Pot & Black Clergy: an Unholy Alliance?

Pot & Black Clergy: an Unholy Alliance?

The move to legalize marijuana is fraught with racial politics.

A couple of years ago, when California NAACP head Alice Huffman endorsed marijuana legalization in her state, more than 20 African-American leaders called for her resignation.

“Why would the state NAACP advocate for blacks to stay high?” one church leader said. “It’s going to cause crime to go up. There will be more drug babies.”

So it’s no insignificant thing that three African-American pastors have now endorsed Washington state’s legalization measure: Last week, the Rev. Leslie Braxton of New Beginnings Christian Fellowship, the Rev. Carl Livingston of Kingdom Christian Center, and the Rev. Steve Baber of Skyway United Methodist Church all put their names behind Initiative 502.

Alison Holcomb, head of the initiative campaign, concedes that African-Americans have been “a very tough community to bring on board.” Many, she says, “view drugs as destroying their community.” But legalization campaigners made a deliberate effort to reach out to African-American leaders, recently hosting luncheons for pastors, one with Huffman and one with Paul Butler, an African-American former U.S. Attorney and author who’s become a crusader against mass incarceration.

“The traditional face of the marijuana-legalization movement” doesn’t work very well in the black community, Holcomb allows, so these speakers undoubtedly had an appeal that well-meaning white liberals couldn’t summon. And the fact is, the legalization debate can be effectively framed in racial terms. As the I-502 campaign’s release about the endorsements puts it: “In Washington, an African-American adult is three times as likely as a white person to be arrested for marijuana possession, three times as likely to be charged, and three times as likely to be convicted, despite the fact that white Washingtonians use marijuana at a slightly higher rate.”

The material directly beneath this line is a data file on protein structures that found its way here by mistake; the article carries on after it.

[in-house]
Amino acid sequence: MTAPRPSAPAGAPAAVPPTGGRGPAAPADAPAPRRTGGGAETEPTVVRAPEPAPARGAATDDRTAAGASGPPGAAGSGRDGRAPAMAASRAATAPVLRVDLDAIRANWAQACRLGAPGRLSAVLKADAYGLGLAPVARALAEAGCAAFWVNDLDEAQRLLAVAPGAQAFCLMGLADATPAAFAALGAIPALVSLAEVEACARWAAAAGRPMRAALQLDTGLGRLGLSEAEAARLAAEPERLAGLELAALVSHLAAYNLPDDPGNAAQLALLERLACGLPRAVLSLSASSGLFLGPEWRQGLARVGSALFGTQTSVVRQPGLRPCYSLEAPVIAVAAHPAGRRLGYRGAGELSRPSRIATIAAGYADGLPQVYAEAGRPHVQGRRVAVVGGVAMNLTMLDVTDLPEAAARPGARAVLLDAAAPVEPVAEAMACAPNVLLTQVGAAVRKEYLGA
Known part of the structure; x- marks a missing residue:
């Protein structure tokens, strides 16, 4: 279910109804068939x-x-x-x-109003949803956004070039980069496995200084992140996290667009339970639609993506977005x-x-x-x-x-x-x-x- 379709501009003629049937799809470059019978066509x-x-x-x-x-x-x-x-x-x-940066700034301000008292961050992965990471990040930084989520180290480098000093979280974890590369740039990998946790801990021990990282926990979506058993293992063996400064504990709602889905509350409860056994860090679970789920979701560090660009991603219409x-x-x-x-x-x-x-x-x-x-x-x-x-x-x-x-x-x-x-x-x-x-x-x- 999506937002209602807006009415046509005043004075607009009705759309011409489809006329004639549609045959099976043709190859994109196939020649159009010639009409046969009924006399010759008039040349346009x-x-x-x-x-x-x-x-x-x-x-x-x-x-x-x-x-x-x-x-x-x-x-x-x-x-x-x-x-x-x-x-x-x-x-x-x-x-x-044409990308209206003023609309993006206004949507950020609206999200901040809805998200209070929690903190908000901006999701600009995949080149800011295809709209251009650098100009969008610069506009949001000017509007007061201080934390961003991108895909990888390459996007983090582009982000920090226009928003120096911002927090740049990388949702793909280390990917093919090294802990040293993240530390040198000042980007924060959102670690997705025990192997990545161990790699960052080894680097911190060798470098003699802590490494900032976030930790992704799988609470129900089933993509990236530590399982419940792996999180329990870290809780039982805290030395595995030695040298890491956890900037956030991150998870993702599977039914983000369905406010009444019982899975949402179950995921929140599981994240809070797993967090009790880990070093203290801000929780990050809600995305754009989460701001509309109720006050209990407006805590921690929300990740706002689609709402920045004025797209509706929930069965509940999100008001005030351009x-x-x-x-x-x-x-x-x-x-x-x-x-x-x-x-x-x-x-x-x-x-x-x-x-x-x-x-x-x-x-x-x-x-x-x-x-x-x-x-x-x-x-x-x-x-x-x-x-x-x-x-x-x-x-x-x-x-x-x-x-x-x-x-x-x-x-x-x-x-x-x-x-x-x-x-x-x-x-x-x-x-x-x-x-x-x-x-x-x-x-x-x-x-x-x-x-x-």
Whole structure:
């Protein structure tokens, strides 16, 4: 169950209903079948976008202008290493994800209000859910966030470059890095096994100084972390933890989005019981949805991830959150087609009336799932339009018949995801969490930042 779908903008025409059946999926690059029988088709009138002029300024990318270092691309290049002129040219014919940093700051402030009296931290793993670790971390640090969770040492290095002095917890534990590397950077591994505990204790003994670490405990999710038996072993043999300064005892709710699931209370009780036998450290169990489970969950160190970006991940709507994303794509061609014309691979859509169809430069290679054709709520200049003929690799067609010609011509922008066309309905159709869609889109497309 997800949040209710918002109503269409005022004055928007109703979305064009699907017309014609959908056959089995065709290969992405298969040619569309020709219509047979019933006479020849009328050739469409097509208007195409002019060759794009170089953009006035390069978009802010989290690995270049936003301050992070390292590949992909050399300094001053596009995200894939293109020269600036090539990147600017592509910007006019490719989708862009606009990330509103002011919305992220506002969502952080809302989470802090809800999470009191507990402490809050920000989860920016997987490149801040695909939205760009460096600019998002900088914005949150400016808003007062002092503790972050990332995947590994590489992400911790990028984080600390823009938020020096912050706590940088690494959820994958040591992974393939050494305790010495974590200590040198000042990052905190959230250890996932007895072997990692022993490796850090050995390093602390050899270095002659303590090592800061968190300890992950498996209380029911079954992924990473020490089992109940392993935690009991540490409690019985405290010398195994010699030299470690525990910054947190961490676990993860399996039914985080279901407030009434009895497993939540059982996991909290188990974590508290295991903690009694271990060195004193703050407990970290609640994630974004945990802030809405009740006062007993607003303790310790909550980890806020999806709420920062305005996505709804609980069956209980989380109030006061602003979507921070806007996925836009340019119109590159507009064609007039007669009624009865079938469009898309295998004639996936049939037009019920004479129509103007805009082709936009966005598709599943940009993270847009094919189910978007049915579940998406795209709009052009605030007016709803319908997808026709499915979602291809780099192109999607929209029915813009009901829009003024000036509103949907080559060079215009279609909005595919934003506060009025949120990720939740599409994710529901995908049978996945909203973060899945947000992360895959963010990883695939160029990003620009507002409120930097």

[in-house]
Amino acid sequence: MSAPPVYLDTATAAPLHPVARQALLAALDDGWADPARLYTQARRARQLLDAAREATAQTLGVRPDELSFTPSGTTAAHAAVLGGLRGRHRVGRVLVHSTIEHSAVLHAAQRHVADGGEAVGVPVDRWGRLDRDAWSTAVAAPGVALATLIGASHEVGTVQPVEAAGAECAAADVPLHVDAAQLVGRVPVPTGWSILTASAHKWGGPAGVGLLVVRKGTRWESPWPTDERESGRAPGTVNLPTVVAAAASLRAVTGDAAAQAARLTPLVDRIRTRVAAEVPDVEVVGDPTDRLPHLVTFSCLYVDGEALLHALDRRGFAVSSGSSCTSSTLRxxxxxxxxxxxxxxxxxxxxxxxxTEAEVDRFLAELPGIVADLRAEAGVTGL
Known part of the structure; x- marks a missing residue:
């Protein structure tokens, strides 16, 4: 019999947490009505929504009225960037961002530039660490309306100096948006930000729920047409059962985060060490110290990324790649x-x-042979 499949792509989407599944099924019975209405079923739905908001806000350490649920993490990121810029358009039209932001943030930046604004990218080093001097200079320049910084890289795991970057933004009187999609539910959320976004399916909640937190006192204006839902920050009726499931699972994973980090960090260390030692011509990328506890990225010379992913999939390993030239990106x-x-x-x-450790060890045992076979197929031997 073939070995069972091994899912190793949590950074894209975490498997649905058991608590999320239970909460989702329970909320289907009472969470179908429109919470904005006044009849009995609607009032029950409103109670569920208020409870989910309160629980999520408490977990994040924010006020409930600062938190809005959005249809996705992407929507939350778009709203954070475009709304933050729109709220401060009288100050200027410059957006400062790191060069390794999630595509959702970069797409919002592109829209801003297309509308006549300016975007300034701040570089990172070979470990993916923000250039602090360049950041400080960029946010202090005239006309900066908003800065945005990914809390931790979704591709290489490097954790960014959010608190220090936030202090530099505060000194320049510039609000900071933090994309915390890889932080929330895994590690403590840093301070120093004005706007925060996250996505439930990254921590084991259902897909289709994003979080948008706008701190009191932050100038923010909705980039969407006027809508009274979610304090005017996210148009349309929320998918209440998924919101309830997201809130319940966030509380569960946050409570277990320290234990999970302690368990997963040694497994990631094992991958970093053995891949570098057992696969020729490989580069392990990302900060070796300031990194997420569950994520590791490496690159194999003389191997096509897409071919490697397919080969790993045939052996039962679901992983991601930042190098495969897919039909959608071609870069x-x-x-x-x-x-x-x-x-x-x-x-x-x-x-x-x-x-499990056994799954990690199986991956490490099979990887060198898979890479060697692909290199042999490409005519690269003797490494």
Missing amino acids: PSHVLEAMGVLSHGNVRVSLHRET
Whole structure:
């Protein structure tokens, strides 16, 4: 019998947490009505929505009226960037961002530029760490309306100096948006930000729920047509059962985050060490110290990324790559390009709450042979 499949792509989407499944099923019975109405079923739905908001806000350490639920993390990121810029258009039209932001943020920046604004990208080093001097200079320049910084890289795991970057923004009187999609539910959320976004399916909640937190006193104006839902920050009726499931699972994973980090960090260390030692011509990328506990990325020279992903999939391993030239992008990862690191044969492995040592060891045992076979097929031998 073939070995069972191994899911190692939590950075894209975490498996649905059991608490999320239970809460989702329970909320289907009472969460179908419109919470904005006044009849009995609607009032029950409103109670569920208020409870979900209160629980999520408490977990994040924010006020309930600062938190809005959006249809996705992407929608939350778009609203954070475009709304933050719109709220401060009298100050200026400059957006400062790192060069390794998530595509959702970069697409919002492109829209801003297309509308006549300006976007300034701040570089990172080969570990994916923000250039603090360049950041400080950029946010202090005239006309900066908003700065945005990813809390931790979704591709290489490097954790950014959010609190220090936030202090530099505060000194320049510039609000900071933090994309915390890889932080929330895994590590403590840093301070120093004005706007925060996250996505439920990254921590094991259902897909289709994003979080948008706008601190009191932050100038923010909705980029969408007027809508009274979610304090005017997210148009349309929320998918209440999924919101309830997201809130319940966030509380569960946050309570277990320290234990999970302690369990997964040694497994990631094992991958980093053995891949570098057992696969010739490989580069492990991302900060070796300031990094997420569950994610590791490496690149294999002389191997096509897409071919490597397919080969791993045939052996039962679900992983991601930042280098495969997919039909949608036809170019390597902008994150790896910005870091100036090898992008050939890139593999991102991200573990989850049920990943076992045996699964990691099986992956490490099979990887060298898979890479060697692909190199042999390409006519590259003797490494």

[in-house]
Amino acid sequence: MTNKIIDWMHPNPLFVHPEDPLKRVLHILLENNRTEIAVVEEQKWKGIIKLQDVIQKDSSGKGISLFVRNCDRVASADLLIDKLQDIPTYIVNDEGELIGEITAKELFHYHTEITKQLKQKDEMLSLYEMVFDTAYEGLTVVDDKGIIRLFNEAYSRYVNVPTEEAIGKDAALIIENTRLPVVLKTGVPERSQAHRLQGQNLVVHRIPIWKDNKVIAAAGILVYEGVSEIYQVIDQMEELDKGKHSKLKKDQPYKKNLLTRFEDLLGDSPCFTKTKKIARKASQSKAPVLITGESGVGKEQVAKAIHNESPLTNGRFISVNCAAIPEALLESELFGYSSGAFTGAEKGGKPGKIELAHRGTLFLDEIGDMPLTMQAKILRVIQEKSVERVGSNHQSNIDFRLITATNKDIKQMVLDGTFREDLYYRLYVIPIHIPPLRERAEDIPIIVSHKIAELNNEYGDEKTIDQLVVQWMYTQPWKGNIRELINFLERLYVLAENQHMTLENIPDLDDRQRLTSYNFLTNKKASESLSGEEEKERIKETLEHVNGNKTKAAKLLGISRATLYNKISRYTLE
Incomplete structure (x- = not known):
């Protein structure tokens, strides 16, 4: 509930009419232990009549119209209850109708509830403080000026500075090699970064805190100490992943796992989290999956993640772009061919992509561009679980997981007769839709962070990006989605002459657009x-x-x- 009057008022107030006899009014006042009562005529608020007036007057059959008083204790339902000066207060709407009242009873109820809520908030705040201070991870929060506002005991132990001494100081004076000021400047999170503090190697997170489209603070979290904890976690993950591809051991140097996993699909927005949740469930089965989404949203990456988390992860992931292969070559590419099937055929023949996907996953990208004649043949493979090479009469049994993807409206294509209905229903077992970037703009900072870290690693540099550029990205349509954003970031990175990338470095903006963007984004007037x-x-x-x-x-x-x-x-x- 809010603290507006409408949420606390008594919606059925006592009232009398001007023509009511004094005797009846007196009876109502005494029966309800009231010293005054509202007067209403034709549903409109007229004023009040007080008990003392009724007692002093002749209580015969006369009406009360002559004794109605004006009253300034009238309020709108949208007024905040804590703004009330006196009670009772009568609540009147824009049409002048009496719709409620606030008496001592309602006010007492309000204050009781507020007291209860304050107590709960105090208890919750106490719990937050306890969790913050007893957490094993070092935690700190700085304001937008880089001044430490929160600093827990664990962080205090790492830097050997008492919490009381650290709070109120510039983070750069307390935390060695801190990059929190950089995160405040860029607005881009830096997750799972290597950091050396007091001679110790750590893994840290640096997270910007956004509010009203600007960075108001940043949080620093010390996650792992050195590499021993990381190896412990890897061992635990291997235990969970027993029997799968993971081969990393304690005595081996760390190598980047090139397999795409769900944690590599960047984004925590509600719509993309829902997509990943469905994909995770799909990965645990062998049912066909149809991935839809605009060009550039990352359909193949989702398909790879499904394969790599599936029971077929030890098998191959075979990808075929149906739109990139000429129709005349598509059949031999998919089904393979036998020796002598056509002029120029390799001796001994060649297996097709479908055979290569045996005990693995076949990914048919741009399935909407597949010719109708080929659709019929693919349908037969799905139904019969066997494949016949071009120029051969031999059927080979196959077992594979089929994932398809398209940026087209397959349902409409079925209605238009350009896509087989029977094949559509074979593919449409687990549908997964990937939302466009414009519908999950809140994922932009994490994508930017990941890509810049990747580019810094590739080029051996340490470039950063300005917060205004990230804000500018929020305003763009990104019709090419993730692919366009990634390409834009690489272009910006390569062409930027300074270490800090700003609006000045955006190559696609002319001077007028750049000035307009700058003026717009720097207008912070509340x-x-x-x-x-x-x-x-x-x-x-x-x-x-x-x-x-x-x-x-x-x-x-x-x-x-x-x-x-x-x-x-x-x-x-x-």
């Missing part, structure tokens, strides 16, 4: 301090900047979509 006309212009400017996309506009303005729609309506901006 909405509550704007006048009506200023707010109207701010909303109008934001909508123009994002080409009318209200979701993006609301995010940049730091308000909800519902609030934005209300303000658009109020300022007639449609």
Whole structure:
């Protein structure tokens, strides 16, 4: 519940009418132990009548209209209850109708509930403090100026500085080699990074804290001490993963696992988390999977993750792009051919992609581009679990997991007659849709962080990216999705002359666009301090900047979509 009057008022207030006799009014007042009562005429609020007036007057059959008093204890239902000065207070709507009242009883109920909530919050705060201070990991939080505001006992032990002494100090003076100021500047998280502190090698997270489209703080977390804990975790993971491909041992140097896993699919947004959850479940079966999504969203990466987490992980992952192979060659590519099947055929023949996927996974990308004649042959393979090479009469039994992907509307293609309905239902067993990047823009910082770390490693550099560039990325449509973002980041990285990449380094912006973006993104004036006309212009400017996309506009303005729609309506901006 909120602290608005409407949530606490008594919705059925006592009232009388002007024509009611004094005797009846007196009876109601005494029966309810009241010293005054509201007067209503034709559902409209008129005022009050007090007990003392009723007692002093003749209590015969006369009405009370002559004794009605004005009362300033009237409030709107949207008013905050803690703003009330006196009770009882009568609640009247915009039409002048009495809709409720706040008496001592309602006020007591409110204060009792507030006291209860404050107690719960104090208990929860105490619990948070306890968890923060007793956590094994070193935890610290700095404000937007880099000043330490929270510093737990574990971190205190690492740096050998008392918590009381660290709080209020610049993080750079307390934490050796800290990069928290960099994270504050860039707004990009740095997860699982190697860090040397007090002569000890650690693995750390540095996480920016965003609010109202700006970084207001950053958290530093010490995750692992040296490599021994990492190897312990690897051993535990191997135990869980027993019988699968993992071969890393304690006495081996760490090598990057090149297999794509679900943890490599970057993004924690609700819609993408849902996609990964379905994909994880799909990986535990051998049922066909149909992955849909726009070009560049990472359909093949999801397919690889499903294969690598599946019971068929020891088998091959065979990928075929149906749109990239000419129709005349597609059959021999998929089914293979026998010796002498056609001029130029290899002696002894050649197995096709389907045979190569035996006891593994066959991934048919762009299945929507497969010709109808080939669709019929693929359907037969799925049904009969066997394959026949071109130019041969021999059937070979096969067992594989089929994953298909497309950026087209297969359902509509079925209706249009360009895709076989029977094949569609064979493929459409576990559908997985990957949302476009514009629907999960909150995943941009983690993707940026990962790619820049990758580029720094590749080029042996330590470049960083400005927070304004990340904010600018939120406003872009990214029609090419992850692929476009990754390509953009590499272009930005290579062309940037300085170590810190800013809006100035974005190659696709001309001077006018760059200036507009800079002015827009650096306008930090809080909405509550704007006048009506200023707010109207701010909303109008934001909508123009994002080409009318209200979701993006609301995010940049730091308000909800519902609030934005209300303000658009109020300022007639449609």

The release also quotes Rev. Braxton: “It’s no longer enough to say the War on Drugs has been a failure. We have to recognize that it has done damage, especially to black Americans, and we have to change course. Marijuana-law enforcement has become a pretext for pushing people into the criminal-justice system, where they get branded with criminal records that turn them into second-class citizens facing additional barriers to education and employment.”

Rev. Baber adds that drug enforcement has turned into the “reincarnation of Jim Crow. If you have a felony conviction, then you get all these prohibitions: You can’t get federal loans, you can’t vote, you can’t stay in public housing.”


Talk to us

Please share your story tips by emailing editor@seattleweekly.com.

More in News & Comment

Puget Sound renters will need housing assistance
Puget Sound renters will need housing assistance

Nonprofits, activists are expecting greater need as workers are laid off.

Map of proposed landfill expansion sites (screenshot from King County website)
Waste management expert knocks county’s plan to expand landfill

The waste management advocate said the decision to expand seems pre-determined despite assessment.

file photo
State employees including first responders sue state over vaccine mandate

The lawsuit filed on behalf of more than 90 plaintiffs claims Inslee’s order is unconstitutional.

Pixabay photo
Union carpenters to go on strike, expected to impact Eastside Microsoft projects

Members authorized strike after rejecting AGC offer for the fourth time.

file photo
The state’s hospitals face “unprecedented collapse” amid COVID uptick warn healthcare unions

Union spokeperson says understaffing was a problem even before the pandemic.

Gov. Jay Inslee talks about schools reopening during a past news conference. (Screenshot courtesy of TVW)
Masks required at big outdoor events; vaccine mandates expanded

Governor’s mask order takes effect Sept. 13.

Pixabay image
King County is looking for community members to help oversee law enforcement accountability

Community Advisory Committee for Law Enforcement Oversight is in need of applicants.

Garbage at the Cedar Hills Regional Landfill in Maple Valley. FILE PHOTO
Why burning our trash may not be as bad as it sounds

Understanding waste-to-energy’s financial and environmental impact in King County.

Most Read